As a wellness and creativity coach for makers, the question I receive most is, “How do you stay creative?” It’s not always easy! Even though I’m polycraftual (I’m a quilter, writer, embroidery artist, jewelry designer, and gardener), I sometimes lose my creative way. Today I’m sharing 10 ways to feel creative every day. It's a method I designed to help me stay creative, even when it doesn't come easily.
To feel creative every day, I intentionally lean into three areas — practice, process, and lifestyle. For our purposes, I’ll focus on how these can benefit your quilting, but strengthening them can help you feel creative in ANY pursuit!
Many quilters feel they’re not creative because they use patterns or kits. I vigorously disagree — you make gorgeous quilts appear out of thin air! As a human, you’re inherently creative; you use that skill all day long as you make and do things. By nurturing your creativity every day, even the most mundane moments will feel more special and you’ll feel more authentically, abundantly creative.As I describe each area, ask yourself: How can I apply this to my quilting? What works for me might not work for you, but once you start thinking creatively, you’ll come up with methods that suit your unique creative spirit.
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Defining Creative Practice, Process, and Lifestyle
Most of us have a narrow idea of what it means to be Creative with a capital “C.” That definition comes to us via our capitalist, productivity-focused culture: To make creative things. This leads us to make the mistake of defining ourselves as creative only if we produce works of art that we can show others.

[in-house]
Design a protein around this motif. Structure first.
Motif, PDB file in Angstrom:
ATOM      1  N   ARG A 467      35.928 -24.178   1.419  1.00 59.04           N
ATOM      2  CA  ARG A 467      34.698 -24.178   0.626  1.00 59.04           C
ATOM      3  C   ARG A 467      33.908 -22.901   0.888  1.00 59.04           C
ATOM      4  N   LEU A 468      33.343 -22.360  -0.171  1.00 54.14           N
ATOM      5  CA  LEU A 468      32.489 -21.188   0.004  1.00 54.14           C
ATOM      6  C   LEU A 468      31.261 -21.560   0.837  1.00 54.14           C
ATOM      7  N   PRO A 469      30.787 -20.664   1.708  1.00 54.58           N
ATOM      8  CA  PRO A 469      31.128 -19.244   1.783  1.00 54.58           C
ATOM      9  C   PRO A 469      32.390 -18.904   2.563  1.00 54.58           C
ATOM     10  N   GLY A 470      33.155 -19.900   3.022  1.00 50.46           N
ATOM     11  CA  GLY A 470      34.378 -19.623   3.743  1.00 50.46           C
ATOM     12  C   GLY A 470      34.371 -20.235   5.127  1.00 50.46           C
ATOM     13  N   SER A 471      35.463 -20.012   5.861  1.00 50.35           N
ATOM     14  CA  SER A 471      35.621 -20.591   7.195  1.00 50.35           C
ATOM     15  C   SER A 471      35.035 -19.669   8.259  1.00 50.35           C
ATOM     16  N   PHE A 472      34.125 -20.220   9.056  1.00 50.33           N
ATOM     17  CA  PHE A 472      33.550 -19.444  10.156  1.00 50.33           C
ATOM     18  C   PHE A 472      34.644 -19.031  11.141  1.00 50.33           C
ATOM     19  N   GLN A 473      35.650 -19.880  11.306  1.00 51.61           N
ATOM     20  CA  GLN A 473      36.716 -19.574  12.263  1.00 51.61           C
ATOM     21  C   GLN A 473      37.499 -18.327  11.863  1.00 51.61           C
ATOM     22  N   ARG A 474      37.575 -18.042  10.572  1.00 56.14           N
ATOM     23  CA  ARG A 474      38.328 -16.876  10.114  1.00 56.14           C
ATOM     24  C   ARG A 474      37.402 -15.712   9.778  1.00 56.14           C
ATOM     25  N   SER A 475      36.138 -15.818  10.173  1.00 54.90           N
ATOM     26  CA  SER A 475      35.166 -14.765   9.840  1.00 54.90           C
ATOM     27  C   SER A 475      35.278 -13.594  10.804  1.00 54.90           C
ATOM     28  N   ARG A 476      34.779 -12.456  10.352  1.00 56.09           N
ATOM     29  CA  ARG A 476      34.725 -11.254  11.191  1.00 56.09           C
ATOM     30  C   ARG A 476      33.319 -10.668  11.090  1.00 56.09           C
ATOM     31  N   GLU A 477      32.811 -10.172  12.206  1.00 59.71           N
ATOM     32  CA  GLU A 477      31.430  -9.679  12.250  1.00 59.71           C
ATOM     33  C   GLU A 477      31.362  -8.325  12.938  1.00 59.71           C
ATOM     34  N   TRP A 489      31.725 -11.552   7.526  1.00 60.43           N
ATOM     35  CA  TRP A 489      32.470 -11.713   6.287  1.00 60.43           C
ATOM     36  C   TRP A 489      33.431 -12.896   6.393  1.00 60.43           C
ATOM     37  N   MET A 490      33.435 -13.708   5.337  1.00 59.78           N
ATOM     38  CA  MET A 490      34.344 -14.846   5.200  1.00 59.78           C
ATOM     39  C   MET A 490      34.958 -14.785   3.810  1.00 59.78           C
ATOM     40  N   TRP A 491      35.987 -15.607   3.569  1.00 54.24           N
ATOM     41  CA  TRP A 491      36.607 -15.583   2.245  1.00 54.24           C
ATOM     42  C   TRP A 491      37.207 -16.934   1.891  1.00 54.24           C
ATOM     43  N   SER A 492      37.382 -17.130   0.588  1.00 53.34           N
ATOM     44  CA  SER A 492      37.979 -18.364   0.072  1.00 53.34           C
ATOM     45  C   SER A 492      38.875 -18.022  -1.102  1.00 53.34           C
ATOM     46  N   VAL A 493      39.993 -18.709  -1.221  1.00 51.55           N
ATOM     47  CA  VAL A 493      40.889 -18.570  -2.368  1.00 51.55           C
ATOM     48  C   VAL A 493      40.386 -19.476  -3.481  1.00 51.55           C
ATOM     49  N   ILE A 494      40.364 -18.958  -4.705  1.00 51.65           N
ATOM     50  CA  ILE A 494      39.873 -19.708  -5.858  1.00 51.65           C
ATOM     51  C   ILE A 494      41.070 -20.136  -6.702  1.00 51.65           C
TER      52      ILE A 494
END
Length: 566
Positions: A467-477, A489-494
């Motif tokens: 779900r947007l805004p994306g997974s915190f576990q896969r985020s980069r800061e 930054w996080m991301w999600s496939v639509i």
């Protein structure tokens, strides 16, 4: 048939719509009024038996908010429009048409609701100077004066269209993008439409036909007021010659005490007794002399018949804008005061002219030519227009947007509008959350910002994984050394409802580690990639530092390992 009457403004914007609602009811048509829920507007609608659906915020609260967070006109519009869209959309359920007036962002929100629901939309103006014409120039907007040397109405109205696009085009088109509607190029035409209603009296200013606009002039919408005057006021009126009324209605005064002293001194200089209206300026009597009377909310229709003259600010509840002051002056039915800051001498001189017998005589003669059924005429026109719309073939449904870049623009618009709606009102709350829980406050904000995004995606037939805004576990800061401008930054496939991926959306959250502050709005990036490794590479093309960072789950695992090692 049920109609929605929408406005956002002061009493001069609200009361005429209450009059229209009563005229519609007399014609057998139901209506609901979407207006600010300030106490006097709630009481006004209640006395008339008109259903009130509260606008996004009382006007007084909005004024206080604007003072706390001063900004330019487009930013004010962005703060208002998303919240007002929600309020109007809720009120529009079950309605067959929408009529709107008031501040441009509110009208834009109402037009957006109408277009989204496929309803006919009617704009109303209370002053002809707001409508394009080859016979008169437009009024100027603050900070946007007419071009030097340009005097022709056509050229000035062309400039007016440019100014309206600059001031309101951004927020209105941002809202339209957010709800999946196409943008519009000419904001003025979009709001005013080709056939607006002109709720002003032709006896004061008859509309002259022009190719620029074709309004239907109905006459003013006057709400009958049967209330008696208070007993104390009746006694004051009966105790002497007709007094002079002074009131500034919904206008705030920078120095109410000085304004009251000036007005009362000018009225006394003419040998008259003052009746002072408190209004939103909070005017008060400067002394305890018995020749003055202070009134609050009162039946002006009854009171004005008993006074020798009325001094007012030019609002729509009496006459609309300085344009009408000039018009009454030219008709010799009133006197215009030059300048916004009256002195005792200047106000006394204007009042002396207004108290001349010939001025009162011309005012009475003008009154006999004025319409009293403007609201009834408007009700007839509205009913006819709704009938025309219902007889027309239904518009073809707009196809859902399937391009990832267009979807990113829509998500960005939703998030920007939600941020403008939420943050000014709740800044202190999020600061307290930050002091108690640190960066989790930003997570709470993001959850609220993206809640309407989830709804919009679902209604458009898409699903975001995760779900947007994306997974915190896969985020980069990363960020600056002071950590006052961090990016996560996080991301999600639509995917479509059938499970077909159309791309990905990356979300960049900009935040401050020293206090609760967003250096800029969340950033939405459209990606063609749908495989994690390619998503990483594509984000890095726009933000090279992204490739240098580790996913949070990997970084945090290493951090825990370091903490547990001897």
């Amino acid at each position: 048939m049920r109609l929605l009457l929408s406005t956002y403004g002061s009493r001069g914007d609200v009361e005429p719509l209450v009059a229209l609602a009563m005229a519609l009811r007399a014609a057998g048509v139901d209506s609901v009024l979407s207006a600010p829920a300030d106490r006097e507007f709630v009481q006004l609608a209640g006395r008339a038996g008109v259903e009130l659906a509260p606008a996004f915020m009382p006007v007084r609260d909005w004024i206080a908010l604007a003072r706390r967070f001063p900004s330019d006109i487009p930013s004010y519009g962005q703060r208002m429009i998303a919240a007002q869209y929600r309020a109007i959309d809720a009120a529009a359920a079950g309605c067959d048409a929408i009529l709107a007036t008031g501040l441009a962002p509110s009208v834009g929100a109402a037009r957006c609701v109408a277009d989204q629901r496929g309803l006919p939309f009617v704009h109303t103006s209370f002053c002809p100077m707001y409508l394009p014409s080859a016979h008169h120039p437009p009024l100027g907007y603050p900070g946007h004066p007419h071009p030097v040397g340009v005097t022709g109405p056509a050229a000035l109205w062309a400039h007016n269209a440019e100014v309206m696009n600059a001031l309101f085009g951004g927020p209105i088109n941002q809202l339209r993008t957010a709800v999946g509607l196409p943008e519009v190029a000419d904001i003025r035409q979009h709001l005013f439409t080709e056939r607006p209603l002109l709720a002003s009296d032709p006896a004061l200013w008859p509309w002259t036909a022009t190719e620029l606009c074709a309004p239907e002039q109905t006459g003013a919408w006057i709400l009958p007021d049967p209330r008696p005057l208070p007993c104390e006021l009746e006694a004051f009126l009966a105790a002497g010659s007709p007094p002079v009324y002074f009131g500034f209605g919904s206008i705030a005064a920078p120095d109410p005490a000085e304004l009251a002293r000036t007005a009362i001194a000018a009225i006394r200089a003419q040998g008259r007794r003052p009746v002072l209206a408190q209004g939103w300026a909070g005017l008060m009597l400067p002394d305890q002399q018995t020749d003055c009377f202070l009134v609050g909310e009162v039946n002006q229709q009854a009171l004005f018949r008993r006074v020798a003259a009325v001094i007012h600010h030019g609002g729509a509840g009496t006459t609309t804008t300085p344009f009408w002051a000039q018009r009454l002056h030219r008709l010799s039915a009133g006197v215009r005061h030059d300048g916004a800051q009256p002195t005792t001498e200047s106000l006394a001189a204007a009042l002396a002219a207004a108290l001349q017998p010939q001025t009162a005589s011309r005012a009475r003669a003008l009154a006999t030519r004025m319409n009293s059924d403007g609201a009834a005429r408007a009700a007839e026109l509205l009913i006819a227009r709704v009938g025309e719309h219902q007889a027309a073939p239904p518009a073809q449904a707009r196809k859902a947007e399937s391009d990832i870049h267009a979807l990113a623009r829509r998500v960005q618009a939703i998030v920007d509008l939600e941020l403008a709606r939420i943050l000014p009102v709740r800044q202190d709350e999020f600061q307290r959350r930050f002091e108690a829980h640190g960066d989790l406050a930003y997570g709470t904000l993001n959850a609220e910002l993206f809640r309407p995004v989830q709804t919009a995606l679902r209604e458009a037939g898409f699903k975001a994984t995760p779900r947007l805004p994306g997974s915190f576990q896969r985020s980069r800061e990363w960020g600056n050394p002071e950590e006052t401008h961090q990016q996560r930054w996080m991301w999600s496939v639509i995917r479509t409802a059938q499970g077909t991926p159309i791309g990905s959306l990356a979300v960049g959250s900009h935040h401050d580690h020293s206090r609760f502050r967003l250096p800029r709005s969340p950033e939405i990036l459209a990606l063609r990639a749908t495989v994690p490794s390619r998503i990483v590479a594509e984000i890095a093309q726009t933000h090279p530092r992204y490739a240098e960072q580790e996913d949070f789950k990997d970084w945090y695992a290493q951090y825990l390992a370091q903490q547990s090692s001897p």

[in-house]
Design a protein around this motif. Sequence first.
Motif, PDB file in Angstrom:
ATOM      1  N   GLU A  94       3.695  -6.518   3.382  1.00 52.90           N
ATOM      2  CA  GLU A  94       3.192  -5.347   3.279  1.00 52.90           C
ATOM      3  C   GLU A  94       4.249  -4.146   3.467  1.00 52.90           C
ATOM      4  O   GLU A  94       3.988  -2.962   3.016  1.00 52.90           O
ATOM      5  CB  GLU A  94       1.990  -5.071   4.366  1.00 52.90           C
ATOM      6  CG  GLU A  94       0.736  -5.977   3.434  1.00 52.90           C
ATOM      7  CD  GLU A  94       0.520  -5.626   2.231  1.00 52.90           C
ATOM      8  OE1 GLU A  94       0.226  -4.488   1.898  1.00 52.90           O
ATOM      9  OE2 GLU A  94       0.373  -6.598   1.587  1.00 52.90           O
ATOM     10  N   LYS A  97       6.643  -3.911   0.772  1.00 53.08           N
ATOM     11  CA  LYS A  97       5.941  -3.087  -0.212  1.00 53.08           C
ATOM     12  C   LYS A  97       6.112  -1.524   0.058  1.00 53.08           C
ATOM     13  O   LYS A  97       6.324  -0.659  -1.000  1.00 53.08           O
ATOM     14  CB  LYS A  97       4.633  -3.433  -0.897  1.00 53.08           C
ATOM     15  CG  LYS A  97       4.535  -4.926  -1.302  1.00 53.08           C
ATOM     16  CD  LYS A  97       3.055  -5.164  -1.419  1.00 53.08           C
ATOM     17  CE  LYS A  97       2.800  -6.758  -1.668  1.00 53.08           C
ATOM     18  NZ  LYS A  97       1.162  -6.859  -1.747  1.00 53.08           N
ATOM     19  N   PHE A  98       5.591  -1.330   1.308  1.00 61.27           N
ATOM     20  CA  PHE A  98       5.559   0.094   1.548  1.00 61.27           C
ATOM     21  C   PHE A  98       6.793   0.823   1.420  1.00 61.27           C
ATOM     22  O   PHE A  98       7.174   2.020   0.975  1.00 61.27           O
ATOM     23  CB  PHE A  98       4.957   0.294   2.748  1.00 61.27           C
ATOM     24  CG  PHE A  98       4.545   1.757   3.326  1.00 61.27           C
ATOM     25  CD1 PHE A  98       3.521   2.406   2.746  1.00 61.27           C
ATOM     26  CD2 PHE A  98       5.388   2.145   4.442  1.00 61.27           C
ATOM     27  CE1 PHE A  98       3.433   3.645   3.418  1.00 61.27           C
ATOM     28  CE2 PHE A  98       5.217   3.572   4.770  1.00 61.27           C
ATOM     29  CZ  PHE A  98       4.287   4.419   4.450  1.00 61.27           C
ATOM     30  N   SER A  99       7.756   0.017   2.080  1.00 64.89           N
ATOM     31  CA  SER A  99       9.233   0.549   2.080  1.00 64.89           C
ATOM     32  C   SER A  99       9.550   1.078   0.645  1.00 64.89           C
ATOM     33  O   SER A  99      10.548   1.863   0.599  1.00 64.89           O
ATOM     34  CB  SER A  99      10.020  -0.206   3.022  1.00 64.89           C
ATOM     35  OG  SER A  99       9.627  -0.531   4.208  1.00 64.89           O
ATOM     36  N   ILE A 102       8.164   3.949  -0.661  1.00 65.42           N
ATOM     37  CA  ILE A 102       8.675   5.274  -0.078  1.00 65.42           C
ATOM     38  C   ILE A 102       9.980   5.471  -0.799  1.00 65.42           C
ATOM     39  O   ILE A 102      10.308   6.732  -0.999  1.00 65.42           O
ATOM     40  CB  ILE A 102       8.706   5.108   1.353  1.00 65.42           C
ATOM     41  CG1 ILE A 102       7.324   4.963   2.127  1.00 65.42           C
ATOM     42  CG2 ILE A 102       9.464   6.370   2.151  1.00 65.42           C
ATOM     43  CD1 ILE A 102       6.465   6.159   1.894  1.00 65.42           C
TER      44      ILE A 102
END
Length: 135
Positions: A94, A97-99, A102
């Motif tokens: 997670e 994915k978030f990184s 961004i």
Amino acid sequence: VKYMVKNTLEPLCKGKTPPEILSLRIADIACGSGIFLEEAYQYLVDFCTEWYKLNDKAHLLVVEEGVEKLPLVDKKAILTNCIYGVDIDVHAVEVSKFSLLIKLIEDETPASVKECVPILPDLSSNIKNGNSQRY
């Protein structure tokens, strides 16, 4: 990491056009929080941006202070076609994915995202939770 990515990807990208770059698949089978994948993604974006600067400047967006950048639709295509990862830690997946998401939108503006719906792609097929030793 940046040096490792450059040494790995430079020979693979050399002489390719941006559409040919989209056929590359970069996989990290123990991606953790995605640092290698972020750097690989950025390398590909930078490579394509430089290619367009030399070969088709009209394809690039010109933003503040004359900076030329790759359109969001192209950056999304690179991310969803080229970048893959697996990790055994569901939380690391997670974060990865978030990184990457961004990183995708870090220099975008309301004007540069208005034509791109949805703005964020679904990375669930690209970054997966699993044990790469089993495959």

That feeling is reinforced when folks say, “You should sell your quilts!” They mean well, but their urge to commodify something in which we invest emotional, spiritual, and creative energy can disconnect us from our true purpose and joy.
Defining our creativity by our product is unnecessarily narrow, and ignores three significant areas in which we can feel creative:
- Creative practice: This is how you intentionally lean into your art or craft. What’s your preferred medium (like quilting, knitting, dancing, or writing)? What are you trying to say with your work, and what’s your style? What kinds of things do you create, and how often?
- Creative process: This is how you go about making your art or craft. You likely have organizational methods, note-taking rituals, and step-by-step actions for making quilts. These are all part of your creative process.
- Creative lifestyle: This is how you allow creativity to infuse every moment of your life beyond quilting. To me, this is the most crucial of the three, and by strengthening it, you can feel creative every day – guaranteed.
1-3: Enrich Your Creative Practice
We start here because it’s all about your “why.” Why do you quilt? Why do you create? Why should others care? By putting more intention into your creative practice, you’ll feel a sense of purpose behind everything you create – and feel creative every day as you do so.
There are many ways to enrich your creative practice. Here are three that come to mind for me:
1. Write an artist statement.
Many creative people (not just fine artists) have an artist statement, which explains what they make and why. For example, check out quilter Heidi Parkes’s artist statement. Crafting one will clarify your “why.” You can watch Heidi's classes on creativity here.
It can also be a decision-making tool when you’re not sure about your next project; use it to investigate if the project you’re considering fits with your artist statement, and if not, is that OK? (At Quilters Take a Moment in October 2023, Heidi is teaching a workshop on writing artist statements, and Suzy Quilts Creative Operations Manager Laura Hopper is teaching about writing labels and storytelling with quilts!)
Above: Magical Thinking Attempt no. 7 by Heidi Parkes.
2. Journal about your practice.
Spending daily time journaling about your quilting practice can unlock lots of creative ideas. While you’re at it, consider your journal a place to get more creative with colors, lettering – even your journal cover offers an opportunity!
3. Learn from those you admire.